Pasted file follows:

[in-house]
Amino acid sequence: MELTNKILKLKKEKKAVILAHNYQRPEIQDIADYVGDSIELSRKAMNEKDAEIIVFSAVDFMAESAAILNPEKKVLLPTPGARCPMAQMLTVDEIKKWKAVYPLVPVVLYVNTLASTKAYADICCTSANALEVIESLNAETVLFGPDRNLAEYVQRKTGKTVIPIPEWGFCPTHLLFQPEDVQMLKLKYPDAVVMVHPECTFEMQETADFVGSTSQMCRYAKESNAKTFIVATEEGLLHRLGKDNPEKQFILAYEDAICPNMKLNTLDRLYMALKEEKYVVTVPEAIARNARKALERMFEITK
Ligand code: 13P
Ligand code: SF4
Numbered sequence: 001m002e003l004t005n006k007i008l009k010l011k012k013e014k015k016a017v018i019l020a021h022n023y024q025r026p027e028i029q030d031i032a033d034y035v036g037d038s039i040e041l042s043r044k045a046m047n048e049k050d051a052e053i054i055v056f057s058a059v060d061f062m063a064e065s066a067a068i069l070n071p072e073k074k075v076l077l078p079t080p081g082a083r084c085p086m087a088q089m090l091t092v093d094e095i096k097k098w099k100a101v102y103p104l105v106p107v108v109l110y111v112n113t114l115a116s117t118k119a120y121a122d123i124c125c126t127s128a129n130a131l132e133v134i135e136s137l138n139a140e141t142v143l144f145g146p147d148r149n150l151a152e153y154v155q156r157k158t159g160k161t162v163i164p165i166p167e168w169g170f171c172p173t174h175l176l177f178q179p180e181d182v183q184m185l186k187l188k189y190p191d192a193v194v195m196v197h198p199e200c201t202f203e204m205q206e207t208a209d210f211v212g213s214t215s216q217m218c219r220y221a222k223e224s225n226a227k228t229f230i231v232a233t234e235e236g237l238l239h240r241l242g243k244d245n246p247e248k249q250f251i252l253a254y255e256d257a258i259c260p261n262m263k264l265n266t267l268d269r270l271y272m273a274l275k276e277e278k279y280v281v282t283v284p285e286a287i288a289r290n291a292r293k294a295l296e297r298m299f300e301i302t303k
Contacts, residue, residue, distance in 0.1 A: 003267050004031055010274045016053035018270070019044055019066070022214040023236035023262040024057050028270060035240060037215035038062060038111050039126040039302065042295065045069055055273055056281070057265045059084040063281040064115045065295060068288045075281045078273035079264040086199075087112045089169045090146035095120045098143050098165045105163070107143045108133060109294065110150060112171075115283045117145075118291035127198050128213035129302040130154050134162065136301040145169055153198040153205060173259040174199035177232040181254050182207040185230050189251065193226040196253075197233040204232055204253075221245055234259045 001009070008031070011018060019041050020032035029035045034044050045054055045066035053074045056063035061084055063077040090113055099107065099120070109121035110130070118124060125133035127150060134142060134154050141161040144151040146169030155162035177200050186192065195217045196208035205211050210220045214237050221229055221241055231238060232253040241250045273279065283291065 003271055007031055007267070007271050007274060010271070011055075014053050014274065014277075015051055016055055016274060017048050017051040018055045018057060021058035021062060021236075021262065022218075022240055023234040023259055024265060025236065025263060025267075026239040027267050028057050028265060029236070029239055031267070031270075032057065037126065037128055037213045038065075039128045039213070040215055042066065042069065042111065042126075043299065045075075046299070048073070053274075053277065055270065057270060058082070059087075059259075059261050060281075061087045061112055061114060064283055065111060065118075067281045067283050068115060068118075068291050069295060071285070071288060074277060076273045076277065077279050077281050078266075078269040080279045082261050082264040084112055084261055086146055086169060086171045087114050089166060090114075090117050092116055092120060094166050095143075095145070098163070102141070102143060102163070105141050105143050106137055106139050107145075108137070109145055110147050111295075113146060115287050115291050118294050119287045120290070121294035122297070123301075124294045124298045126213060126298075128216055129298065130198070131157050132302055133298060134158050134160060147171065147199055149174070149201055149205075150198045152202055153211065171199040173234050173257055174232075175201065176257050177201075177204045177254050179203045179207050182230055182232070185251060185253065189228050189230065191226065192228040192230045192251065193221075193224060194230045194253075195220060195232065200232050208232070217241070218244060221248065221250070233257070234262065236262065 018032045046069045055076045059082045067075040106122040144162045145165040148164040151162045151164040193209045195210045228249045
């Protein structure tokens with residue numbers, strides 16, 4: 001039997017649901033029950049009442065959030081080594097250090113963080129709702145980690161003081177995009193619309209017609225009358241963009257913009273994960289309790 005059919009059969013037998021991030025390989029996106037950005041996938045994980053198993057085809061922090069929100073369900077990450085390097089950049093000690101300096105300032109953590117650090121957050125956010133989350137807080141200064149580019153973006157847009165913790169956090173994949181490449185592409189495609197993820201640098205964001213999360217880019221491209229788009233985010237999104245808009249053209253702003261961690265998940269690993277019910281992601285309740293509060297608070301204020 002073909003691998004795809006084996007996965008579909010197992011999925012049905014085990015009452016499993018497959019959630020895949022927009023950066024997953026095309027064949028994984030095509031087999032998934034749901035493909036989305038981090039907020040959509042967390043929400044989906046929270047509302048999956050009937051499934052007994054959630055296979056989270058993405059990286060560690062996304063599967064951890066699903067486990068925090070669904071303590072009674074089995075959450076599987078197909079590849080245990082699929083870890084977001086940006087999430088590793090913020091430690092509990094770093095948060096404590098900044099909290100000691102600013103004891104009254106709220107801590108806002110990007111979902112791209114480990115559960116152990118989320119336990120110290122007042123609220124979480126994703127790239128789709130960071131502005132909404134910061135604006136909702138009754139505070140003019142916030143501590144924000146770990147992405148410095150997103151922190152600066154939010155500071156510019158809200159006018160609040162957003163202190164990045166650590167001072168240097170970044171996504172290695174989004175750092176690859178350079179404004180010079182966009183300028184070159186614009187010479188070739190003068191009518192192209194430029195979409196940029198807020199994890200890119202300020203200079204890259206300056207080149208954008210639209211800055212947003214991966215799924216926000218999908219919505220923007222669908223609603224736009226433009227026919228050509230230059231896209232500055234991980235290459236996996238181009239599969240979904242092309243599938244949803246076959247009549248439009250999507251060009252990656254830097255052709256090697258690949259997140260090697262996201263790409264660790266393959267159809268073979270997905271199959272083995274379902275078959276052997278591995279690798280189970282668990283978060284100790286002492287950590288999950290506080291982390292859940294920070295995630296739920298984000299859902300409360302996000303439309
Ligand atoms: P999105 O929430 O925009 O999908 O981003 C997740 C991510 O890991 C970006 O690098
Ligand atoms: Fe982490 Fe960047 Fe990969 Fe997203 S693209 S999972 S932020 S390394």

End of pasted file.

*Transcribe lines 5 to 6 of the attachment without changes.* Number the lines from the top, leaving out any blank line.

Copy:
Numbered sequence: 001m002e003l004t005n006k007i008l009k010l011k012k013e014k015k016a017v018i019l020a021h022n023y024q025r026p027e028i029q030d031i032a033d034y035v036g037d038s039i040e041l042s043r044k045a046m047n048e049k050d051a052e053i054i055v056f057s058a059v060d061f062m063a064e065s066a067a068i069l070n071p072e073k074k075v076l077l078p079t080p081g082a083r084c085p086m087a088q089m090l091t092v093d094e095i096k097k098w099k100a101v102y103p104l105v106p107v108v109l110y111v112n113t114l115a116s117t118k119a120y121a122d123i124c125c126t127s128a129n130a131l132e133v134i135e136s137l138n139a140e141t142v143l144f145g146p147d148r149n150l151a152e153y154v155q156r157k158t159g160k161t162v163i164p165i166p167e168w169g170f171c172p173t174h175l176l177f178q179p180e181d182v183q184m185l186k187l188k189y190p191d192a193v194v195m196v197h198p199e200c201t202f203e204m205q206e207t208a209d210f211v212g213s214t215s216q217m218c219r220y221a222k223e224s225n226a227k228t229f230i231v232a233t234e235e236g237l238l239h240r241l242g243k244d245n246p247e248k249q250f251i252l253a254y255e256d257a258i259c260p261n262m263k264l265n266t267l268d269r270l271y272m273a274l275k276e277e278k279y280v281v282t283v284p285e286a287i288a289r290n291a292r293k294a295l296e297r298m299f300e301i302t303k
Contacts, residue, residue, distance in 0.1 A: 003267050004031055010274045016053035018270070019044055019066070022214040023236035023262040024057050028270060035240060037215035038062060038111050039126040039302065042295065045069055055273055056281070057265045059084040063281040064115045065295060068288045075281045078273035079264040086199075087112045089169045090146035095120045098143050098165045105163070107143045108133060109294065110150060112171075115283045117145075118291035127198050128213035129302040130154050134162065136301040145169055153198040153205060173259040174199035177232040181254050182207040185230050189251065193226040196253075197233040204232055204253075221245055234259045 001009070008031070011018060019041050020032035029035045034044050045054055045066035053074045056063035061084055063077040090113055099107065099120070109121035110130070118124060125133035127150060134142060134154050141161040144151040146169030155162035177200050186192065195217045196208035205211050210220045214237050221229055221241055231238060232253040241250045273279065283291065 003271055007031055007267070007271050007274060010271070011055075014053050014274065014277075015051055016055055016274060017048050017051040018055045018057060021058035021062060021236075021262065022218075022240055023234040023259055024265060025236065025263060025267075026239040027267050028057050028265060029236070029239055031267070031270075032057065037126065037128055037213045038065075039128045039213070040215055042066065042069065042111065042126075043299065045075075046299070048073070053274075053277065055270065057270060058082070059087075059259075059261050060281075061087045061112055061114060064283055065111060065118075067281045067283050068115060068118075068291050069295060071285070071288060074277060076273045076277065077279050077281050078266075078269040080279045082261050082264040084112055084261055086146055086169060086171045087114050089166060090114075090117050092116055092120060094166050095143075095145070098163070102141070102143060102163070105141050105143050106137055106139050107145075108137070109145055110147050111295075113146060115287050115291050118294050119287045120290070121294035122297070123301075124294045124298045126213060126298075128216055129298065130198070131157050132302055133298060134158050134160060147171065147199055149174070149201055149205075150198045152202055153211065171199040173234050173257055174232075175201065176257050177201075177204045177254050179203045179207050182230055182232070185251060185253065189228050189230065191226065192228040192230045192251065193221075193224060194230045194253075195220060195232065200232050208232070217241070218244060221248065221250070233257070234262065236262065 018032045046069045055076045059082045067075040106122040144162045145165040148164040151162045151164040193209045195210045228249045